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Tom Malinowski, the Washington director of Human Rights Watch, said limited contacts between former senior U.S. officials and members of Col. Gadhafi’s regime are not inappropriate.

“I have absolutely no problem with a former American official advising Gadhafi, so long as he was advising him to not massacre prisoners as he did shortly after this purported meeting took place,” Mr. Malinowski said.

“For all I know, that was 90 percent of what they talked about. Anything beyond that sort of thing, though, I don’t think would be appropriate.”

David Mack, a former senior U.S. diplomat who specialized in the Arab world, said: “It’s very normal for Libyans who knew David Welch when he was assistant secretary, and that includes Libyans with the National Transitional Council, to have reached out to Welch and for him to say he has received the message.”

Mr. Mack said having a meeting does not mean Mr. Welch would have said everything he is purported to have said according to the notes disclosed by Al-Jazeera.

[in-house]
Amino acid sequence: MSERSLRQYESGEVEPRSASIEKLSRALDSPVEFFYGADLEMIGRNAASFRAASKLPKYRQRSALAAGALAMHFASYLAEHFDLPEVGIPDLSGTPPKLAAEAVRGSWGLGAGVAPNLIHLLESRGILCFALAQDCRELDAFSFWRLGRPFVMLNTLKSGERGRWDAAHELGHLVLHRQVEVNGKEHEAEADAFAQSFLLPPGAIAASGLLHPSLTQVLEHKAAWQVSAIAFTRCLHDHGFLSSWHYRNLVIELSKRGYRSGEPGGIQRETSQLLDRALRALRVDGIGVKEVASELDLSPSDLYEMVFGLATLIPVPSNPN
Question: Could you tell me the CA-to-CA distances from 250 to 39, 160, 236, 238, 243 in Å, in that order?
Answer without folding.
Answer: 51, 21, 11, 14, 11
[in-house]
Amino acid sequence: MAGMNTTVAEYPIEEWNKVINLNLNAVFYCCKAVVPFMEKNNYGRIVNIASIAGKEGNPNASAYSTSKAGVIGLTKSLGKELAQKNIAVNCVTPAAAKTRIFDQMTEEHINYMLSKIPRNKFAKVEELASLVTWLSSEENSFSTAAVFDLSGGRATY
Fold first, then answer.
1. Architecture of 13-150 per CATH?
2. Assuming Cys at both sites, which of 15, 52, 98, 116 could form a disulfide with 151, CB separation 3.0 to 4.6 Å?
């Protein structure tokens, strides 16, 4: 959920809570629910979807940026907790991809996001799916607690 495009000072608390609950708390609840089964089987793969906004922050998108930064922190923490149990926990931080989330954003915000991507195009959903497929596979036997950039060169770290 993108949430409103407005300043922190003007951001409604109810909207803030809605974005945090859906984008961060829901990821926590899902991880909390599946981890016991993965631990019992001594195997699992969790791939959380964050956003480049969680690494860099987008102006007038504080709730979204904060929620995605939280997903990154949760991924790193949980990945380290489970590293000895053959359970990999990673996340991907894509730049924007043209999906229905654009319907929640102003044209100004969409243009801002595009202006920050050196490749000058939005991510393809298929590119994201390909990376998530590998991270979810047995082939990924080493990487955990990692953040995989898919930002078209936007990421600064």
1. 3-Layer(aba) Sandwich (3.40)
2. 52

Mr. Malinowski said he was hopeful about one element of the Al-Jazeera story. “The one good thing about this story is that the reporter said a guard tried to stop him when he was trying to leave the building with these documents,” he said. “The documents in that ministry are important historical records of the Gadhafi regime that will be needed for any future truth telling and justice process.”

The United States began normalizing ties with Libya in 2004 when President Bush lifted many U.S. sanctions against Libya by executive order. However, the first U.S. ambassador to Tripoli since 1972 was not sent until the end of 2008 after Col. Gadhafi paid $1.5 billion to the victims of terrorism his regime had once sponsored.